How To Grow Vegetables In Containers
C.L. Fornari is a speaker, writer, radio talk show host and gardening consultant
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How To Grow Vegetables In Containers

How To Grow Vegetables In Containers

If you don’t have space or adequate sunlight to grow your vegetables in the ground, containers are the next best option. You can grow edibles in large pots, self-watering boxes, and fabric containers such as Smart Pots, placing them on decks, patios or the edges of driveways as needed. That said, there are several key tips and practices that will lead to success and tasty harvests.

  • Use large containers and don’t be tempted to grow too many plants per container. More about specific vegetables later, but just remember that will all plants, the root growth that goes on in the soil will determine how big the plant gets and how much food it will produce. What goes on below is reflected up above.  In other words, crowded roots will result in smaller plants and fewer vegetables.
  • Fill the entire container with soil. No rocks, shards, mulch or other debris in the pot. Make sure each container has a drainage hole. If you’re growing in large buckets, drill three or four drainage holes per bucket before you add the soil. Use new potting mix every year unless you have huge containers, in which case you can remove half of the soil from the previous year in the spring, loosen the remaining mix well, and add new potting media on the top.  Since potting soil is mostly organic matter, it breaks down in containers which means poor drainage and less root growth.
  • If you are growing in large Smart Pots, you can fill them with a mix of loam and potting mix, or garden soil and potting mix. Either a 50/50 blend, or up to 75% loam/soil and 25% potting media or compost.
  • Place containers onto “pot feet” if desired so that the excess water runs out but doesn’t rot a deck underneath. Smart Pots can be placed on wood platforms or large plastic saucers turned upside down and elevated as well, so that the moist underside doesn’t mark your patio or deck. Saucers can accumulate standing water where mosquitoes will breed, and should be avoided outdoors.
  • Space containers so that there is room for all the plants to grow wide and get adequate sunlight. You want at least 5 or 6 hours of direct sun including the noon hour whenever possible.
  • The larger the plants, the fewer you should include in the container. So if you’re growing tomatoes, broccoli or Tuscan kale, plant one per pot. Medium size plants such as eggplants and most peppers could grow two plants in a 20″ diameter pot. Small plants such as lettuce or arugula can be broadcast over the surface of the soil so several plants will grow per container. Use spacing guides for plants and seeds that you read on the tags and seed packets.  Good vegetables for a long harvest from containers are listed below.

 

This gardener grew tomatoes on a bulkhead. Note that there is one tomato plant per pot.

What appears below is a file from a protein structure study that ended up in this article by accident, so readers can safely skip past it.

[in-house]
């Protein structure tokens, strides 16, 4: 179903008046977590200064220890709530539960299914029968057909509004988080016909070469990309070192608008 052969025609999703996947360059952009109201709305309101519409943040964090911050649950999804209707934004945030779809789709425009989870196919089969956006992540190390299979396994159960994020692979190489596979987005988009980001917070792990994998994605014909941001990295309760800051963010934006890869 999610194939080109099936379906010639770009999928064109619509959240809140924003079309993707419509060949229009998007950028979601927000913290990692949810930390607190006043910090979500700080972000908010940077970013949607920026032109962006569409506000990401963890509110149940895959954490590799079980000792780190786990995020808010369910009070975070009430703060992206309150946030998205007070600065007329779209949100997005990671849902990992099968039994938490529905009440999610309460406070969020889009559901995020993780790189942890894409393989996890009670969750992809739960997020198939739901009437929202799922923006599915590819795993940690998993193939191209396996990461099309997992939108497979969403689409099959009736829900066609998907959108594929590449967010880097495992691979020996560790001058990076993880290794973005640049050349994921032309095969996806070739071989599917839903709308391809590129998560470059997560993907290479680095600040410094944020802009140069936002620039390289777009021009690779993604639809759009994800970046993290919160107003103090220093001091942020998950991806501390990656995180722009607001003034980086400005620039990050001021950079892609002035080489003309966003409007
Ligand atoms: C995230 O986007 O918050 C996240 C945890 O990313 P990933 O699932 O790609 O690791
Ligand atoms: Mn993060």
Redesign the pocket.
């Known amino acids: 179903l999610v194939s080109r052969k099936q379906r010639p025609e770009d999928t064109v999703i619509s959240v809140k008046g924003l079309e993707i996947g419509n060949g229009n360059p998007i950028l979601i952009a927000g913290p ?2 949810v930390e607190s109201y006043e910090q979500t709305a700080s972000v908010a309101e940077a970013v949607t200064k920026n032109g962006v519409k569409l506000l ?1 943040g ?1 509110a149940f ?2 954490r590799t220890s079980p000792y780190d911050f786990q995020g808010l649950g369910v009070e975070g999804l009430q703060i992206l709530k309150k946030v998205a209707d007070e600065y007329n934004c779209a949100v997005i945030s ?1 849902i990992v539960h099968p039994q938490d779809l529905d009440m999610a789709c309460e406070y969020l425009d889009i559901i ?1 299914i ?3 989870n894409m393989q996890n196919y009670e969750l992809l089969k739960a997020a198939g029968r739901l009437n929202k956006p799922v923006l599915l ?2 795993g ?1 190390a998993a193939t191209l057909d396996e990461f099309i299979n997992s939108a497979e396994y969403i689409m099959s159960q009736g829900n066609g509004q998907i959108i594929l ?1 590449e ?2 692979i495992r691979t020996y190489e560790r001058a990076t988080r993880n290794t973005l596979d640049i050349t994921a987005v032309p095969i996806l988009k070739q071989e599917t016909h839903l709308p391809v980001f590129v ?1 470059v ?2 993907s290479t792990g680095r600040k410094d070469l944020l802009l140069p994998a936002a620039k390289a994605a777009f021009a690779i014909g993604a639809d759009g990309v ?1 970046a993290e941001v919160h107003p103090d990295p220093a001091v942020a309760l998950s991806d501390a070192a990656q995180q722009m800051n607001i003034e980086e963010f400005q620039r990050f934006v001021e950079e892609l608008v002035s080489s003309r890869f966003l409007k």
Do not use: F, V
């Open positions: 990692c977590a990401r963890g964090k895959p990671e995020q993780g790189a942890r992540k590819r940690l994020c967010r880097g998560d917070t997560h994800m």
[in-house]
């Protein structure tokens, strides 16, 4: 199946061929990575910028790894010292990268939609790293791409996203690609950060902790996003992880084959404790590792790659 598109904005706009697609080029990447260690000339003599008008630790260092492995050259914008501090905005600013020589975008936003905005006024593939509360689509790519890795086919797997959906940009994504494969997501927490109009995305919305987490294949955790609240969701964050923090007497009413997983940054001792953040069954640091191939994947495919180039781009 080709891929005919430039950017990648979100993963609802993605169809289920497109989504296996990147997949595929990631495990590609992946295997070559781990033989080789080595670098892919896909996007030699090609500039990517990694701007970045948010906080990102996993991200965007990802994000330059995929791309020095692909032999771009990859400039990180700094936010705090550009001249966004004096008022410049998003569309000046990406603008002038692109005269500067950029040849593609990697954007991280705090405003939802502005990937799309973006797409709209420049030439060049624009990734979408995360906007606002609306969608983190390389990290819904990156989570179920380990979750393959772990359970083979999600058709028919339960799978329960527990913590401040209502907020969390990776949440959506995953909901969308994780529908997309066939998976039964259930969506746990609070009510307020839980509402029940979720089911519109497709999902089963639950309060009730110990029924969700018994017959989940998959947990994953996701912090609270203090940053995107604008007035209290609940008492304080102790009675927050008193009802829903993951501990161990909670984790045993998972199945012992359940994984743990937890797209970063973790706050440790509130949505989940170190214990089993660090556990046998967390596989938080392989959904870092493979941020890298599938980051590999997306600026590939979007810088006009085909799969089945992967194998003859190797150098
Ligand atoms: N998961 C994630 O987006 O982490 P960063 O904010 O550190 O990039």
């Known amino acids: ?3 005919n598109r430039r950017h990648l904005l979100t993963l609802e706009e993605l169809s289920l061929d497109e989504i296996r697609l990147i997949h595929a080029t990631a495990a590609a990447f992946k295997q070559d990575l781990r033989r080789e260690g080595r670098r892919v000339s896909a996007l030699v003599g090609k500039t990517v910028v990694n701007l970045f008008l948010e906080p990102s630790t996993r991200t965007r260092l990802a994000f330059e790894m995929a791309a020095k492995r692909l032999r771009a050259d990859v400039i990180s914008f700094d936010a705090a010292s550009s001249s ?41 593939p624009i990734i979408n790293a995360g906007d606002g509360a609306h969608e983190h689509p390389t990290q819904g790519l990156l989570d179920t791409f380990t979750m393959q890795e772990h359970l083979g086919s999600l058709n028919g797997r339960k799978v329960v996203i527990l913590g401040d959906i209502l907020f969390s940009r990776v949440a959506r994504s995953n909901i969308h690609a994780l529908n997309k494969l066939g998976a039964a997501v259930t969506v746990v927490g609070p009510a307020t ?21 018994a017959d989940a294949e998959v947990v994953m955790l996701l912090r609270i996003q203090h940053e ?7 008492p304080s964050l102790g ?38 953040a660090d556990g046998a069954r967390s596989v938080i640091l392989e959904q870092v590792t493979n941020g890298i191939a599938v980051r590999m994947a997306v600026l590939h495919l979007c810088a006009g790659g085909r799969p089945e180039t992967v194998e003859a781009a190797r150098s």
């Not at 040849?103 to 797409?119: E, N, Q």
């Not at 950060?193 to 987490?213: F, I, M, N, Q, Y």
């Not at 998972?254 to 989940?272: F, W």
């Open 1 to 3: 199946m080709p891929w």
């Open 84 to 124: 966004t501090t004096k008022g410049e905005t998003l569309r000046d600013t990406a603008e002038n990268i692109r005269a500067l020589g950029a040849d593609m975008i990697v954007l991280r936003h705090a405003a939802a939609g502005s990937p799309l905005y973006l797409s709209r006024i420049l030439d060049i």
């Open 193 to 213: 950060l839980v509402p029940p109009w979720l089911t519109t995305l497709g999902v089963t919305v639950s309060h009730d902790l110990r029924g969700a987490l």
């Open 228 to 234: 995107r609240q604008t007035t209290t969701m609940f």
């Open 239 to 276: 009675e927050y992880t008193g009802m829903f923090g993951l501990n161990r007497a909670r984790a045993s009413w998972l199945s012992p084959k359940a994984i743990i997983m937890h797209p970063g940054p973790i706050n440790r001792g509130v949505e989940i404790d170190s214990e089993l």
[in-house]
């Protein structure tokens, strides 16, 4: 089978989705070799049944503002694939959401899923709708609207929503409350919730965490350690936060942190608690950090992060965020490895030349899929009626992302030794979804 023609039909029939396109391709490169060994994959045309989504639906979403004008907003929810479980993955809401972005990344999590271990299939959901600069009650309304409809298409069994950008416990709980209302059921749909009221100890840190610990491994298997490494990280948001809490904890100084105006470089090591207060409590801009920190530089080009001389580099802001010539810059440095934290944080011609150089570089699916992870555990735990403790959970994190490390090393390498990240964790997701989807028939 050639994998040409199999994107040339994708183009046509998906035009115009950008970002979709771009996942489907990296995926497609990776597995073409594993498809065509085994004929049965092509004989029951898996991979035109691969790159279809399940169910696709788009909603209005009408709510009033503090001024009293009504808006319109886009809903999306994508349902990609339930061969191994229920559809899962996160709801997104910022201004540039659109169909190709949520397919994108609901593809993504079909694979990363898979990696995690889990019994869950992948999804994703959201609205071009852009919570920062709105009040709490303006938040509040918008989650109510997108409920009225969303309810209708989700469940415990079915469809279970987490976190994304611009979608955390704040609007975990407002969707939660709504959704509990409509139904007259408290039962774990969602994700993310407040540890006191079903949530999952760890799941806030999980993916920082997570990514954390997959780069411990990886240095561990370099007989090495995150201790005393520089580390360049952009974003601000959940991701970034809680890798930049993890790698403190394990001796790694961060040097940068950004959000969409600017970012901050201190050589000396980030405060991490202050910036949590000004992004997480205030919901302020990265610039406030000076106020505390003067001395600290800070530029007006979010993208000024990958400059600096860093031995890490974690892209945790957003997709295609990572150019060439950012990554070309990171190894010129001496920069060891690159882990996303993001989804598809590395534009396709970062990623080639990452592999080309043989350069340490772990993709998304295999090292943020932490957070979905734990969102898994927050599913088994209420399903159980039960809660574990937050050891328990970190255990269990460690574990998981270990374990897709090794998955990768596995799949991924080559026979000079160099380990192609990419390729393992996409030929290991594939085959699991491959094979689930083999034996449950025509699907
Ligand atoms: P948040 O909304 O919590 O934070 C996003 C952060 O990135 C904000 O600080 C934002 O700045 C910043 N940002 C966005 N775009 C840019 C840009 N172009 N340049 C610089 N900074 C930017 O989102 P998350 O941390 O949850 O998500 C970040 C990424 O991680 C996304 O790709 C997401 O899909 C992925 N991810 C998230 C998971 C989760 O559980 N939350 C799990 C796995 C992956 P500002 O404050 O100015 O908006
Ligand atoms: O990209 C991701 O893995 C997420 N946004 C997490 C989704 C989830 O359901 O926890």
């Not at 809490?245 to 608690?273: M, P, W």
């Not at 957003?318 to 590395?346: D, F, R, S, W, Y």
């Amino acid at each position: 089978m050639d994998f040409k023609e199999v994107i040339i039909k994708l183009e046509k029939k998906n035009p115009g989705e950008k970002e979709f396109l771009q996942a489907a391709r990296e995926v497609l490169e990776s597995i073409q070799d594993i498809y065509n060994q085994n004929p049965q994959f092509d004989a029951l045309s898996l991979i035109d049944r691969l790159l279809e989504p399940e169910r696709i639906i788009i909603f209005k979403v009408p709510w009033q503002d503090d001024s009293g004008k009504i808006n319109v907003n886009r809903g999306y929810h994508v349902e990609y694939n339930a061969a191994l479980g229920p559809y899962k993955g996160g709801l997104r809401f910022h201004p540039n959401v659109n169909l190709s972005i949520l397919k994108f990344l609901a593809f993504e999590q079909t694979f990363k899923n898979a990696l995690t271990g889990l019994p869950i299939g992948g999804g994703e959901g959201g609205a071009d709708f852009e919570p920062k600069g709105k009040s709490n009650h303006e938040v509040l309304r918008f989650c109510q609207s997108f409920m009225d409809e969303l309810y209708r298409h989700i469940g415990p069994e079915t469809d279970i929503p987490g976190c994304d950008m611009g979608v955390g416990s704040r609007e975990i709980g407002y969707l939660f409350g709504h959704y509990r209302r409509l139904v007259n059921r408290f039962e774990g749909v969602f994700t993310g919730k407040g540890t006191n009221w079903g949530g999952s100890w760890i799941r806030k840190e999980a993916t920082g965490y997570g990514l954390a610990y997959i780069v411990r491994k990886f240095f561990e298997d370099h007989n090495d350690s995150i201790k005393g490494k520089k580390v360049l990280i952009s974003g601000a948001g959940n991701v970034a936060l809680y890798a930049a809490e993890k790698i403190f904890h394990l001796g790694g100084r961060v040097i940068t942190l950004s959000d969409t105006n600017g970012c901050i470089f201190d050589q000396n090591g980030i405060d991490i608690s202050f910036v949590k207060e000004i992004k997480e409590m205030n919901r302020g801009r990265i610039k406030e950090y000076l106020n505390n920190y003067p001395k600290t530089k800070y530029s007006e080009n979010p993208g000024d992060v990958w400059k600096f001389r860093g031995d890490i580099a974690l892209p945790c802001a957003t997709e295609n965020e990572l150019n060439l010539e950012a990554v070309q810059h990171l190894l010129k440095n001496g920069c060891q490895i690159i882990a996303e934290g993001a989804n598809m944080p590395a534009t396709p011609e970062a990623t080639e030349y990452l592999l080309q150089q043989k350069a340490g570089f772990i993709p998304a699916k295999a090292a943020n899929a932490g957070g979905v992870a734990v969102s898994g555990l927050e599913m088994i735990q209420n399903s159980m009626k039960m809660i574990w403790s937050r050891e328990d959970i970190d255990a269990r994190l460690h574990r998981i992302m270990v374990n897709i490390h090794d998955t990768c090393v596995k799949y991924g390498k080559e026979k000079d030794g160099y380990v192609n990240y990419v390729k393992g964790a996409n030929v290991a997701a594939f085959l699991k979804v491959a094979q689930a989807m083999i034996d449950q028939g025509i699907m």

There are several types of miniature or “salad” tomato plants, but in general, the smaller the plants the fewer tomatoes you’ll harvest. 

I have grown eggplant, peppers, leeks, potatoes and salad in Smart Pots very successfully. This photo was taken on taken in a root-top garden in Quebec City, where all sorts of vegetables were being grown. Note that they have set up an automatic watering system for these pots.

Best Vegetables to Grow In Containers:  Zucchini, green beans, Tuscan kale, chard, lettuce, arugula, and tomatoes will produce the most produce for the space allowed. Pick the beans and zucchini every other day, and harvest the largest, oldest leaves off of the lettuce, kale, chard and arugula to keep them growing most of the summer. Many vegetables will continue to produce when they are picked regularly.

Potatoes grow most successfully in a 15 gallon Smart Pot, and you can plant six seed potato pieces per pot, three on a bottom layer and three in the middle, all covered by at least six inches of soil. Peas are only worth growing in containers for children; you won’t get many per plant, and the harvest period is pretty short. The yield for eggplants and peppers is okay but again, not as numerous or constant as the other vegetables listed.

Sweet Heat is a variety of pepper that does well in containers. The peppers range from sweet to mildly spicy, and the plants don’t grow tall.

  • Watering Tip for Success:  Water your containers well in the morning. Use a watering wand, such as the Rainwand from Dramm. After watering them throughly once, go back and water them again.  On very hot days, or days when it’s both sunny and windy, check the soil in the late afternoon and see if it’s dry. If so, water in the evening as well.  Keeping the soil evenly moist is the key to avoiding problems such as blossom end rot and cat-facing in tomatoes.

Livestock troughs are good for growing vegetables in that they are large and deep, plus attractive! They already have a drainage hole in the bottom. You can either fill them with soil as is, or line them with very large Smart Pots. If you want to grow carrots, these would be the containers of choice. A trough this size could grow a tomato plant in the center, a zucchini (or green beans but not both) on one end, and some chard and basil on the other end. You could even sneak some parsley and lettuce plants along the edges in front and back of the tomato.

Herbs are easy to grow in containers. Here, the pots hold herbs and the trough has assorted edible greens and flowers.

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